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city in Alaska, founded in the 1898 gold rush and originally Anvil City after the nearby Anvil Creek, later renamed for nearby Cape Nome, which, according to one story is from a misreading of a British cartographer's query, ?Name, written beside the peninsula on an 1849 map, and according to another is from a supposed native no-me meaning "I don't know," a plea of noncomprehension when asked what the name of the place was.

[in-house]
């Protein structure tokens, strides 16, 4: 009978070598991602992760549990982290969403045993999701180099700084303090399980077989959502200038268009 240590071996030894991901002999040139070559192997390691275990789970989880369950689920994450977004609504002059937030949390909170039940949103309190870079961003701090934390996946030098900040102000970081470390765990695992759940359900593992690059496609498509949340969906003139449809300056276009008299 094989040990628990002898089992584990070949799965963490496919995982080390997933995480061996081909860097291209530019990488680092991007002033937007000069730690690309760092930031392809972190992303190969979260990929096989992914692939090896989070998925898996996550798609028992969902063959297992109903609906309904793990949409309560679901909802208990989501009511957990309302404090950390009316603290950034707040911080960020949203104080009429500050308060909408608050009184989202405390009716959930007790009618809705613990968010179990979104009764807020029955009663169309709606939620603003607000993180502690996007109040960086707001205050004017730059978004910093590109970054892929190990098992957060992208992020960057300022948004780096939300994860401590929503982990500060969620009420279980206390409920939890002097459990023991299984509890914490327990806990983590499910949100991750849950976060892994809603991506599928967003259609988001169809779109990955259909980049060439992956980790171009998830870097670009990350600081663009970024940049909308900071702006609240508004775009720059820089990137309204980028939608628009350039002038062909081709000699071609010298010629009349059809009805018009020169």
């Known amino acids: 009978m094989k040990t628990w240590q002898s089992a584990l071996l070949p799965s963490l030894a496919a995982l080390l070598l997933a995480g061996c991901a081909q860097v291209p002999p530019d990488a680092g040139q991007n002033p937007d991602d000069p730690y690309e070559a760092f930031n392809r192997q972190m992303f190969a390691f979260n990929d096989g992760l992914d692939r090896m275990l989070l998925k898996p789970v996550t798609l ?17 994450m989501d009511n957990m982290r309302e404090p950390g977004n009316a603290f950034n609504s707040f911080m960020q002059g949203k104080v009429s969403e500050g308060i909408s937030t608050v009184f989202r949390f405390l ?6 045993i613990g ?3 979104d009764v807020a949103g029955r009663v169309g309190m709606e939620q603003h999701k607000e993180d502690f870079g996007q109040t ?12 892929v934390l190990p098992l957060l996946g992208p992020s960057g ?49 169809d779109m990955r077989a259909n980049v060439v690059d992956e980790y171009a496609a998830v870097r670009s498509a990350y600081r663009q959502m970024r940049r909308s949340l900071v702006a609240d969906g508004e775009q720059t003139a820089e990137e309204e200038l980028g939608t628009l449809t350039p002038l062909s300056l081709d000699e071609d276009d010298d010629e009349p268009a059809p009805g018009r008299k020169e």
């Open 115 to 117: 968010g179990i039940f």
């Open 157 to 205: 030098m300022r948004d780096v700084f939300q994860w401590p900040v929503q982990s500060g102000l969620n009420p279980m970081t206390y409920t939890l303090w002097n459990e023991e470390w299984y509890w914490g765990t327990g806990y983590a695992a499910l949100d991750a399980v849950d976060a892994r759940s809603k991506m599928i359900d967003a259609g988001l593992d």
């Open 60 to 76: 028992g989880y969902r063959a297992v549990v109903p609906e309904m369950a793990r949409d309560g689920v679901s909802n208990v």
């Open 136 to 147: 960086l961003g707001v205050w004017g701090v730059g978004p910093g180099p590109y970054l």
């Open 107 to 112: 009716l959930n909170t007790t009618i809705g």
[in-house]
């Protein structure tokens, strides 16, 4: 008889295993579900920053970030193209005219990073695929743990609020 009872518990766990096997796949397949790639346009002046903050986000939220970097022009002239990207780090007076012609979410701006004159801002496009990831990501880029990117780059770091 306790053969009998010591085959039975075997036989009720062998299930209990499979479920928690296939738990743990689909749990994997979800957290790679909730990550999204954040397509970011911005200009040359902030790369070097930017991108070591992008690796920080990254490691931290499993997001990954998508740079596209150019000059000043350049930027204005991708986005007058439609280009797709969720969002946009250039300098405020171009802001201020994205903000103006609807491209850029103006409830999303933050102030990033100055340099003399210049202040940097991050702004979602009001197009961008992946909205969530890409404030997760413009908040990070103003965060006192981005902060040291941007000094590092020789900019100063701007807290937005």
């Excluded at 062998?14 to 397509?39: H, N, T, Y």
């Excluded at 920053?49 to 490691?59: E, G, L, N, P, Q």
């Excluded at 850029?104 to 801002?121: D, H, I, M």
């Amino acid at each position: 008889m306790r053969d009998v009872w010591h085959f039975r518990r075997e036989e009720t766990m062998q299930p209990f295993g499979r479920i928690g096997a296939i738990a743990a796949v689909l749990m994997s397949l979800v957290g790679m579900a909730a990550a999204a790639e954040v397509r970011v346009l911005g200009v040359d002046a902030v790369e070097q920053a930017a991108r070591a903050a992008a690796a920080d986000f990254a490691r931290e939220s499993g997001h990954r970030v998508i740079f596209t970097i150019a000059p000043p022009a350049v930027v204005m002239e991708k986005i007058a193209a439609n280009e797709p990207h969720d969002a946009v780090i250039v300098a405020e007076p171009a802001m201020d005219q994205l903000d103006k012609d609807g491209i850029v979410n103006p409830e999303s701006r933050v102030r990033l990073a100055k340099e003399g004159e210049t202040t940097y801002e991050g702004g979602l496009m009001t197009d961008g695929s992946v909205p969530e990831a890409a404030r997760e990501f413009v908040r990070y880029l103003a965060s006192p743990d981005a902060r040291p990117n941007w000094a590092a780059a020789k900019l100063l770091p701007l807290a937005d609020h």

administrative division of ancient Egypt. The system of dividing the country into nomes was definitely in force by the time of the Old Kingdom (c. 2575-c. 2130 BC) and persisted with modifications until the Muslim conquest (AD 640). In late times there were 42 nomes, or provinces, 22 in Upper and 20 in Lower Egypt. In Ptolemaic times, a heptanomis of seven nomes was formed in Middle Egypt. The Nile valley south of Ombos was sometimes regarded as one with the province of Nubia, although in the Old Kingdom Elephantine was considered the "door of the south."